In his most recent podcast, Peter Schiff explained the many reasons government loves inflation. One example was the higher tax revenue generated. This occurs because tax brackets do not adjust accurately with inflation, and more people find themselves in higher tax brackets over time.

In either case, expenses are set to fall next year even with the Infrastructure Plan and yet to be passed Build Back Better Plan. The revenue surge won’t be nearly enough to cover the full cost of expenditures, but it might bring the Federal deficit back below $1T for the first time since Sept 2019. Below shows a more detailed history.

Historical Perspective

Zooming out and looking over the history of the budget back to 1980 shows a complete picture and just how extreme the last two years have been. The chart below shows the data on a TTM basis to smooth out the lines.

As can be seen, Expenses have been flat since June of 2021 but Revenues are still moving upwards.

Figure: 7 Trailing 12 Months (TTM)

The next two charts zoom in on the recent periods to show the change when compared to pre-Covid. Once again, the surge in Individual and Corporate Taxes has become very clear.

Figure: 8 Annual Federal Receipts

With no more stimulus checks (for now) and the SBA closing the PPP Loan offering, 2022 should fall back down some. It will most likely not reach pre-pandemic levels, but it should get below $6T.

Figure: 9 Annual Federal Expenses

With surging tax revenues and spending set to fall compared to the last two years, the deficit will shrink. Prior to Covid, the TTM deficit compared to GDP had been trending towards 5% before exploding to 18.6%. It has since come down to 11.6% and will most likely continue falling given the current trends in place.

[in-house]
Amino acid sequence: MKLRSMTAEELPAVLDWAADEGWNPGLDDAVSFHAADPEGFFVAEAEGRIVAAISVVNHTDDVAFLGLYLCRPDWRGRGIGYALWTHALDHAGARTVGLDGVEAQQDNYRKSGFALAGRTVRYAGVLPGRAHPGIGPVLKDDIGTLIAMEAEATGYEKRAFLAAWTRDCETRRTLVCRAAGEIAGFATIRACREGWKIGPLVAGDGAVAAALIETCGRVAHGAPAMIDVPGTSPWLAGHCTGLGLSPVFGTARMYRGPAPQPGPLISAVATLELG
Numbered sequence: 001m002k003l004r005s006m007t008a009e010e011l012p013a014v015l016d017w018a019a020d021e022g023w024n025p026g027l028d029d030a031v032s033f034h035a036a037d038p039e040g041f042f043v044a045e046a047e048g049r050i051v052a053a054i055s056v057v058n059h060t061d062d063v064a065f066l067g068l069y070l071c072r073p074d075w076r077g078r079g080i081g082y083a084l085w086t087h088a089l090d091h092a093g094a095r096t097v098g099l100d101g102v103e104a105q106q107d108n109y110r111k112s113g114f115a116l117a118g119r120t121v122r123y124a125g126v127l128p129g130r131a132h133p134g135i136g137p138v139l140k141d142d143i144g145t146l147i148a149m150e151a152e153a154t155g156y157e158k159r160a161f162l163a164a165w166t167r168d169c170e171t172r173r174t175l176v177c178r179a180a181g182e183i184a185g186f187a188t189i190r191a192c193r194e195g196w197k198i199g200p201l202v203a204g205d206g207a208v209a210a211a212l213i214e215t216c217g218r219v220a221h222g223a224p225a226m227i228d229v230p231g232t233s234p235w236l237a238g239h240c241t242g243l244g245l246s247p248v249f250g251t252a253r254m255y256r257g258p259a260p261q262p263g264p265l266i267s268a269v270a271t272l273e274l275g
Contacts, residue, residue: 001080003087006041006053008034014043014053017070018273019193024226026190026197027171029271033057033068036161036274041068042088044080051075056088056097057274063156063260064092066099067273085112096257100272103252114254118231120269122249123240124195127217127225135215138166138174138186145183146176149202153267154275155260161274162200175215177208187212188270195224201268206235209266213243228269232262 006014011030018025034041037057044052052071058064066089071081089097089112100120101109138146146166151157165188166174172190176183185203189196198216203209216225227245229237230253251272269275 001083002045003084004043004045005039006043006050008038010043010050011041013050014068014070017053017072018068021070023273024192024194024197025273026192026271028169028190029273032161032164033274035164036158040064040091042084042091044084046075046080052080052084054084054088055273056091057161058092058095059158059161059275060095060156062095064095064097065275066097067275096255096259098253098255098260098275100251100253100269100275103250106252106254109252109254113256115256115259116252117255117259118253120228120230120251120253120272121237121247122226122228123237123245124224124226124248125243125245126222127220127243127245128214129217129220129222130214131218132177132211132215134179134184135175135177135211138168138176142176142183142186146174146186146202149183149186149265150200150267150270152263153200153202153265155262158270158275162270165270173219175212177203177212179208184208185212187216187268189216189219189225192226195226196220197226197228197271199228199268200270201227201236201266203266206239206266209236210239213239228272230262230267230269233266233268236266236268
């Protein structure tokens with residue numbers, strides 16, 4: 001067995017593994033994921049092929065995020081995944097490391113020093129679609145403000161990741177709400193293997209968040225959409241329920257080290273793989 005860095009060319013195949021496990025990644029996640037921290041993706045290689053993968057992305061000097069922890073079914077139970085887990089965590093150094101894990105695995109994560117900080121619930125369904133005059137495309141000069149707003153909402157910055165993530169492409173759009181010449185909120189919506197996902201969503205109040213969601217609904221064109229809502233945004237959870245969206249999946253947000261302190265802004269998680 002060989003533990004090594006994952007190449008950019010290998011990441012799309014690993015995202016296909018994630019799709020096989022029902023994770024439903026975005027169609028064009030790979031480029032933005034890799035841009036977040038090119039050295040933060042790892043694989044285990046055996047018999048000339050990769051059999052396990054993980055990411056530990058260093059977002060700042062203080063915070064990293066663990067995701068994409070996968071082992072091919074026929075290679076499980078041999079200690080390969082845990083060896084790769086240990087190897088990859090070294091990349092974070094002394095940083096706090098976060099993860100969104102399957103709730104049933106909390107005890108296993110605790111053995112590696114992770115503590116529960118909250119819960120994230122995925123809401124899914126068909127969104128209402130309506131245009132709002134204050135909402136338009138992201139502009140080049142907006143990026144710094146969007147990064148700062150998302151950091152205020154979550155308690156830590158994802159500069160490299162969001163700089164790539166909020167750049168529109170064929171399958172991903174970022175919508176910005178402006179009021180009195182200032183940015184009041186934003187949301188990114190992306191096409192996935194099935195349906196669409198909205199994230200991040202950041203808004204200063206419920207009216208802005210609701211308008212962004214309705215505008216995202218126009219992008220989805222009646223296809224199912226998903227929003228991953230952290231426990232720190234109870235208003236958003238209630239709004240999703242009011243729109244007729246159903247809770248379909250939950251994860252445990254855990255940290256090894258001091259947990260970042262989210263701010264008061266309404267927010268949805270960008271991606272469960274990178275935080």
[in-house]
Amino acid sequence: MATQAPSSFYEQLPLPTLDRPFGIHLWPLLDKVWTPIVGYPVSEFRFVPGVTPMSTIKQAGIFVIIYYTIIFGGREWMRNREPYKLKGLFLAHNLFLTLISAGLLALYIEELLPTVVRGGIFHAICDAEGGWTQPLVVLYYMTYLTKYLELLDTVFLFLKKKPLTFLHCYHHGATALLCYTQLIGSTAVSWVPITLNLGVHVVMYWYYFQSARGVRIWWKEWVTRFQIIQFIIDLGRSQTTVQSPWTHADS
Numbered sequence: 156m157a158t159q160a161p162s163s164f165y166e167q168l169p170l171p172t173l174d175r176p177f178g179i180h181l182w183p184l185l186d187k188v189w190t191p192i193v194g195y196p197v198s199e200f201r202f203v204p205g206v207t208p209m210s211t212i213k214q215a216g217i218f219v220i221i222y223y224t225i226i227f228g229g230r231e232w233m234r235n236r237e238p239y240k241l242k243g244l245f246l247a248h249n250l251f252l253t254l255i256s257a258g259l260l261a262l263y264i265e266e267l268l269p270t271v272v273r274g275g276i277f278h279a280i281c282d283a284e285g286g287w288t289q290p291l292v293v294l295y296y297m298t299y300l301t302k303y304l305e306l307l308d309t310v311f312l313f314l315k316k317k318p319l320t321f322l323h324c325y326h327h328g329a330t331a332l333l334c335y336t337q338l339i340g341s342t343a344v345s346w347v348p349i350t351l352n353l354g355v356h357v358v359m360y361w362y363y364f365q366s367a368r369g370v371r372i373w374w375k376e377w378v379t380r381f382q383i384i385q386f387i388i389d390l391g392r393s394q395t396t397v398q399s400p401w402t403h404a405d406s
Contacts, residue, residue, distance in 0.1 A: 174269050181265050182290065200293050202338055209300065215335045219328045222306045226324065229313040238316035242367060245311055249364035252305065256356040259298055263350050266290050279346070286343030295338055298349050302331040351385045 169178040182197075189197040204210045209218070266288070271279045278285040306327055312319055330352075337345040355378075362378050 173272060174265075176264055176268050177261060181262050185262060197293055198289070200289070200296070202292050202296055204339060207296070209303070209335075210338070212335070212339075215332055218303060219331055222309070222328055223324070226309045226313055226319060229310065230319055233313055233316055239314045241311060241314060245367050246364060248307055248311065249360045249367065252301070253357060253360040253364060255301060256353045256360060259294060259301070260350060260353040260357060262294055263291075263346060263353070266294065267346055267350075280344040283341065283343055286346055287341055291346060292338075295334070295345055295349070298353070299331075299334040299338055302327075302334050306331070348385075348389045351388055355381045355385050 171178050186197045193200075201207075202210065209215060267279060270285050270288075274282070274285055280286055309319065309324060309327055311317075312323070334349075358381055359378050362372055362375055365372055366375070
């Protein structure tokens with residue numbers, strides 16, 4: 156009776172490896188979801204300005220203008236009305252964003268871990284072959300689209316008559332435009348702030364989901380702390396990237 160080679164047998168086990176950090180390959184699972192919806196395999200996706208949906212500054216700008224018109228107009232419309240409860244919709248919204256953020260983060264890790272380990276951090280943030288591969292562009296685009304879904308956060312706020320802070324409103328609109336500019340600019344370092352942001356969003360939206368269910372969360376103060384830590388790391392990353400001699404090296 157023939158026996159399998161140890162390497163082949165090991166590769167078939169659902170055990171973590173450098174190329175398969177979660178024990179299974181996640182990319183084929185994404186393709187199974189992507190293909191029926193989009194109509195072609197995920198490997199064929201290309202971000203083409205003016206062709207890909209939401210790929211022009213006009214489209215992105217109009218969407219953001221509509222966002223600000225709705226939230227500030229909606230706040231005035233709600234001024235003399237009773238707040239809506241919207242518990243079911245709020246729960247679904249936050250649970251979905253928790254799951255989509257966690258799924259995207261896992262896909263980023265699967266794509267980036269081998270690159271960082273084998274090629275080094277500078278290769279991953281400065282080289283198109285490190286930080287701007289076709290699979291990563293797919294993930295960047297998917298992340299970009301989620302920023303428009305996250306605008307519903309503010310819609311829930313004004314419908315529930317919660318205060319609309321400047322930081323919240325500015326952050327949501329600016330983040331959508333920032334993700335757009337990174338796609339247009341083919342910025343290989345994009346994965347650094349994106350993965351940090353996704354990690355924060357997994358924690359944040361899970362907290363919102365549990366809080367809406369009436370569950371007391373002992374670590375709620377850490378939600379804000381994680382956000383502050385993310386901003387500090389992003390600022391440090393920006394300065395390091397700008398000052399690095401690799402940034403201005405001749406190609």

Note: GDP Axis is set to log scale

Figure: 10 TTM vs GDP

Finally, to compare the calendar year with previous calendar years, the plot below shows the Year to Date (YTD) figures for each year through the current month. The government fiscal year technically ends in September, but that is harder to contextualize (e.g. when did Covid start in relation to October vs January).

Figure: 11 Year to Date

What it means for Gold and Silver

The Budget Deficit matters for gold and silver because it shows how much the US government needs to borrow to make up for the revenue shortfall. More borrowing usually means higher interest rates. As the debt analysis shows, higher interest rates would prove devastating for the federal budget in the medium to long term and also prove devastating on the rest of the economy (corporate debt, mortgage rates, etc.).

The trend does look favorable to see smaller deficits in the years ahead, but it will still be a deficit and it’s not certain to get below $1T much less stay there. Any recession or slowing economy could also crash revenues causing deficits to explode once again. Given the inflation fight the Fed has ahead, it’s likely they will mess something up considering they have no viable options.

Gold and silver will provide insurance against a devalued dollar or an economy and market in turmoil. The current increase in tax revenues will unlikely make a difference over the long run.

Data Source: Monthly Treasury Statement

Data Updated: Monthly on the eighth business day

Last Updated: Period ending Nov 2021

US Debt interactive charts and graphs can always be found on the Exploring Finance dashboard: